and drop the headlights  again, lining myself up for the transition to  westbound 92, again a sweeping 90 degree banked,  elevated flyway.  Ease off the gas and hit it at about  85, with the car leaning a bit but the wide, soft  tires I've chosen grip the pavement without complaint  and the car pulls nicely all the way around the curve.       Drop into the merge where three different flows of  traffic join into two lanes, sidestep the idiot that's  not watching his mirrors and relying on blinkers and  not his mirrors, and a quick glance to the rear-view  mirror reveals the presence of a like-minded  individual in a 5-series BMW that has decided to step  up and join in.    The car rises on a climb and it's into a long,  sweeping mile-long curve first left and then right, a  mile long flat straight by College of San Mateo, and  then a swooping, curving cambered drop 3 miles down to  El Camino Real, all the while with the BMW close but  not insistent in the rear view mirror
 at 90 or so.    The bottom presents the only real challenge of the  evening.  Brake or float through the whoopdie-doo  where the cement overpass goes flat followed by an  immediate drop during a right hand jink.      BMW isn't interested in slowing down, and neither am  I.  He's not in the passing mood, and that's good.   Glance to make certain he's not going to try to take  me and then jink the car into the slow lane.      Car goes onto the tip-toes of its suspension as the  bottom drops out of the road, followed by an annoying  lump back upwards that compresses the car's  suspension.  We're OK so far, but payback for the  compression of that suspension is a bitch.      This is the one place where the car shows it's 1970's  luxury roots, rebounding like a marshmallow and  popping the car laterally to the left as the car hops  back up and the weight leaves the tires for a moment.     The car Pops back into the fast lane from the slow  lane.  Good call on the BMW's part not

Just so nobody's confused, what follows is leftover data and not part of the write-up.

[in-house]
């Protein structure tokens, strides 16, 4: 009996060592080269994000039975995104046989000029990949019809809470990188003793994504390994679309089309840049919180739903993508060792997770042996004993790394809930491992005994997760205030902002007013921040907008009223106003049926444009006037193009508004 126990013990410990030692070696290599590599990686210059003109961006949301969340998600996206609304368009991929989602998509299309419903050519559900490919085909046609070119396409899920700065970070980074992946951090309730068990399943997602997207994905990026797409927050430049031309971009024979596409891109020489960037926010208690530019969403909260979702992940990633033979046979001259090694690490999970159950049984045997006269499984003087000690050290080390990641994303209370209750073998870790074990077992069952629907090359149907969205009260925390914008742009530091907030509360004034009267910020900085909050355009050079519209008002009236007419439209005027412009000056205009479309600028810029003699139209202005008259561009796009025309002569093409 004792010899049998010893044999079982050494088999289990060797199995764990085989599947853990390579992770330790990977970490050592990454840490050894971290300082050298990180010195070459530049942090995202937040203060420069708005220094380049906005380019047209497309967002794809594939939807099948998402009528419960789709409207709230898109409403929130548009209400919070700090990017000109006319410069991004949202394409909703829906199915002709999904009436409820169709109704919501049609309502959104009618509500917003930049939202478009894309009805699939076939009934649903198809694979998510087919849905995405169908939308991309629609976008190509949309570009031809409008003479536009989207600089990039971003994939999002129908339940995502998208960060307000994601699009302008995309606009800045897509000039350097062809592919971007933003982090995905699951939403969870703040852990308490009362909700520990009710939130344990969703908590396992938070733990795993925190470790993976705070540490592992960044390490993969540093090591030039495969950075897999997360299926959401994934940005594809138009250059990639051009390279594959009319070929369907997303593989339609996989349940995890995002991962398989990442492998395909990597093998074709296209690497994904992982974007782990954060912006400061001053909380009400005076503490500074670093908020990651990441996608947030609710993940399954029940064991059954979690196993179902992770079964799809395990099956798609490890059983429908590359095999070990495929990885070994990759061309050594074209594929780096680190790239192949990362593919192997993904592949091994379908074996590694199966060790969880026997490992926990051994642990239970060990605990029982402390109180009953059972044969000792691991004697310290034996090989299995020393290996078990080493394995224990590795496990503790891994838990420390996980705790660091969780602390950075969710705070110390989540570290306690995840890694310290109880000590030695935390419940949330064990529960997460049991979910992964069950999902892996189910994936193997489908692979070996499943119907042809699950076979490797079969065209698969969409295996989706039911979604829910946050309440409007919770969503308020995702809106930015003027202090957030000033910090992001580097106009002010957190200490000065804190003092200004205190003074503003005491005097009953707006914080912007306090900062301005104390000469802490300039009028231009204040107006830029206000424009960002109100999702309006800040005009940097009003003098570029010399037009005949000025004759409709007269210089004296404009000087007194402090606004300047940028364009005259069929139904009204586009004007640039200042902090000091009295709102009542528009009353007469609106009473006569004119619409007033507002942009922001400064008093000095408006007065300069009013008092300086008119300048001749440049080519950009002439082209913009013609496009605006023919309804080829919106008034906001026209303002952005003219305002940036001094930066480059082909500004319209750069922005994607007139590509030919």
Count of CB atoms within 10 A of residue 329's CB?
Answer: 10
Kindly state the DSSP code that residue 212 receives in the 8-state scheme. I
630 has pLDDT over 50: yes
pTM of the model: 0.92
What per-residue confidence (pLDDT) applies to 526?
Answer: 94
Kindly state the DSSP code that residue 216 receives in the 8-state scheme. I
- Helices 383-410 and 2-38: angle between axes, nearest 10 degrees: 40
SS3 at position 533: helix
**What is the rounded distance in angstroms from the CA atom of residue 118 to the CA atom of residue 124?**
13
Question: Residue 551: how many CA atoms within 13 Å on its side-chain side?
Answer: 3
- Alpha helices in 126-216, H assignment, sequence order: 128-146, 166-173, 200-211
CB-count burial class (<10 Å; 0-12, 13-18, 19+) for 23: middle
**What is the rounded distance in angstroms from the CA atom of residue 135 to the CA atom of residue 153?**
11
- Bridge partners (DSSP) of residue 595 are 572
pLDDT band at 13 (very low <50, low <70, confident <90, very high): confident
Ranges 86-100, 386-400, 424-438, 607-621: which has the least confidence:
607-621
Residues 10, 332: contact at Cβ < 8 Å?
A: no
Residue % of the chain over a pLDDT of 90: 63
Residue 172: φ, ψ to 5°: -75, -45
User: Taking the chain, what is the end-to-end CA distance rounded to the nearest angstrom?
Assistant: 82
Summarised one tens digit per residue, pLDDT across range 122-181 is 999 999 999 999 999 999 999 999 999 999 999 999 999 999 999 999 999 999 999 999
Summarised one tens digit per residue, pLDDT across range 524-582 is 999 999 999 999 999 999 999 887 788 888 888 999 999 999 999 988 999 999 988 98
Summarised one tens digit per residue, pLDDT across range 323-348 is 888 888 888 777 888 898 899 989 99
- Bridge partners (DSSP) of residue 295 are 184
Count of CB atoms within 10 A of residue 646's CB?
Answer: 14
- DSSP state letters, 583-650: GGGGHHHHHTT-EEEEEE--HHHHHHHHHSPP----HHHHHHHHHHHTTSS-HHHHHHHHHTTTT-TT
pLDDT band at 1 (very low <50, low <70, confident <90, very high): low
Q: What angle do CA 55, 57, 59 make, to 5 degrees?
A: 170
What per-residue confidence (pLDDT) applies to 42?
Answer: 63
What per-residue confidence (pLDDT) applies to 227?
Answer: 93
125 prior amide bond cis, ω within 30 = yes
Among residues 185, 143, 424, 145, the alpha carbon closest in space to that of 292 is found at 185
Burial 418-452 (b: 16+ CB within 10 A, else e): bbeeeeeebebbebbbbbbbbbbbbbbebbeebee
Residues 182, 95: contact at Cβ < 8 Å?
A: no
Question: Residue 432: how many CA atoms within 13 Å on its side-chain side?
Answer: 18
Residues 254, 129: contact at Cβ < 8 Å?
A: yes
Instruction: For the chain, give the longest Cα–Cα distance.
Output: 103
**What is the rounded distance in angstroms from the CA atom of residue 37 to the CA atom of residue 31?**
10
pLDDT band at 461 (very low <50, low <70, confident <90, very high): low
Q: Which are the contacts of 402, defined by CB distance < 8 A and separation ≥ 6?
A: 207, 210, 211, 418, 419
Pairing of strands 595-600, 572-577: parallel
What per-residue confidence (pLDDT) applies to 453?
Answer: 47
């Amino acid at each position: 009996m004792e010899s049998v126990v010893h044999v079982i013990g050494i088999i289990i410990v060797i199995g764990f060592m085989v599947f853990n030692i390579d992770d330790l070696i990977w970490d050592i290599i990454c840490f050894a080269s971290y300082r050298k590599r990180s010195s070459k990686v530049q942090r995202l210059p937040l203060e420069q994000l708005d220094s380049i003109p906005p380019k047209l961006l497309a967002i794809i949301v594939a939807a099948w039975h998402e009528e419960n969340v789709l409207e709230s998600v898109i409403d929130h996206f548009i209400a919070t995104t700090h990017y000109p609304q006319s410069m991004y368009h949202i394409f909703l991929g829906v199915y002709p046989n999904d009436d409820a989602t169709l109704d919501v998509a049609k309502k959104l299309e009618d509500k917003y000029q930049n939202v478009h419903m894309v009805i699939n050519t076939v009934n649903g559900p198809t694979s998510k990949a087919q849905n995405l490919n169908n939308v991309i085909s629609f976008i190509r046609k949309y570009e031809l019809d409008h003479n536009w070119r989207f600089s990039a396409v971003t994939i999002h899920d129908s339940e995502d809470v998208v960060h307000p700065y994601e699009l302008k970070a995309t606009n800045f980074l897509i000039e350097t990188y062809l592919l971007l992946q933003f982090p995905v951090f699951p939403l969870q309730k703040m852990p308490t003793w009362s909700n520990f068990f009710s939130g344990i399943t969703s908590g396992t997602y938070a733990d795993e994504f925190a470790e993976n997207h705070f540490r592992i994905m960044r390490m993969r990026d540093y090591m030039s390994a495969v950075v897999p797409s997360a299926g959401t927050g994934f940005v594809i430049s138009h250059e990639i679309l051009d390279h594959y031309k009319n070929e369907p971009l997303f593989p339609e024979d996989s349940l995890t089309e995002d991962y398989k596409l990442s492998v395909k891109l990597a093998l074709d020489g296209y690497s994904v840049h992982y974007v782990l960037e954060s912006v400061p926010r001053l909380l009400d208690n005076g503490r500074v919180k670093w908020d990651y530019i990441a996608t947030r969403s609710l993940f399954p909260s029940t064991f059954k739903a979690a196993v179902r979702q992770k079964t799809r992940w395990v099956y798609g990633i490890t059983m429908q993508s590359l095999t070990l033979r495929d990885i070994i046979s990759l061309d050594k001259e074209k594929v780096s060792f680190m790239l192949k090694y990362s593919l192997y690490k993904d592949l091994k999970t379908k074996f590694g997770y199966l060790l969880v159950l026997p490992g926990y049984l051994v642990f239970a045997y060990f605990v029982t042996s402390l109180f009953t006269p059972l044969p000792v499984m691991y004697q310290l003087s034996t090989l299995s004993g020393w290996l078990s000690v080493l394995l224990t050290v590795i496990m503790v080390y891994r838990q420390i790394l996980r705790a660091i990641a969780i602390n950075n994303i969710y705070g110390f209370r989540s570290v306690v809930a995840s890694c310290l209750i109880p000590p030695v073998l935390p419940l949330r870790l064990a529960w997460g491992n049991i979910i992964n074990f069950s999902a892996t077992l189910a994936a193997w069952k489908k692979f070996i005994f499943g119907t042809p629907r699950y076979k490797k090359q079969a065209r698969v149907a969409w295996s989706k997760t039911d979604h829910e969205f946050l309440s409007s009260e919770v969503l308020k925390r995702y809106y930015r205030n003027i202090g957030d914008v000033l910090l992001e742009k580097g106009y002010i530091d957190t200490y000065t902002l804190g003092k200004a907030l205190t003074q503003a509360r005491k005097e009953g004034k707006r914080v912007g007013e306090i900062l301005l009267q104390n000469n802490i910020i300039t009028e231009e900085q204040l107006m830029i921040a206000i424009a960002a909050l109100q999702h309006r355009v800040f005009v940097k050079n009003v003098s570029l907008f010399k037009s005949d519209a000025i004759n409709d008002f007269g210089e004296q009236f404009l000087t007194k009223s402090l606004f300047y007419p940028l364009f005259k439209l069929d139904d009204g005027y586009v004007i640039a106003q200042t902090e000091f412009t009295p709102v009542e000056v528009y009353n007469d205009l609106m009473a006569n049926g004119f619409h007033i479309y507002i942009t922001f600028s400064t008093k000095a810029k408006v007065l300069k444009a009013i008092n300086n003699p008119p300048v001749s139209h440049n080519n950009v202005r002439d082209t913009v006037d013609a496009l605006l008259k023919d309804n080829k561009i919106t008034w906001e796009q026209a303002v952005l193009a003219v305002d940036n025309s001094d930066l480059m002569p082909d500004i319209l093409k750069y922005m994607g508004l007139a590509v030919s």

to pass, and  who thankfully isn't there and is probably glad to  have lifted his right foot at the same time that I  did.  The car was pretty unsettled for a moment, but  it is now composed again and I wonder what my road   companion thought about the large car squirming around  in two lanes.  I'll probably not hit that one so fast  next time...      He winks his high beams and flips off onto 101 south  as I proceed across the elevated skyway headed for  home across the San Mateo Bridge, another haven from  speed enforcement and thus a place to stretch one's  legs when there's space.  It's a 9 mile blast over an  elevated ramp that climbs 300 feet and then drops to a  few feet, straight and flat above the bay for an 8  mile, three lane shot into landfall at Hayward.    The car eats up space and traffic all the way across.   Confident in it's size and solidity.      Easy does it around the cloverleaf onto 880 north and  a quick ride in heavier traffic at the speed limit to
  my offramp and home.        The Imperial GT has arrived, and the rest is all  detail work.      Kenyon Wills                                                          ____________________________________________________________________________________  Looking for last minute shopping deals?    Find them fast with Yahoo! Search.    -----------------  -----------------  This message was sent to you by the Imperial Mailing List. Please   reply to mailing-list@xxxxxxxxxxxxxxxx and your response will be   shared with everyone. Private messages (and attachments) for the  Administrators should be sent to iml.webmonster@xxxxxxxxx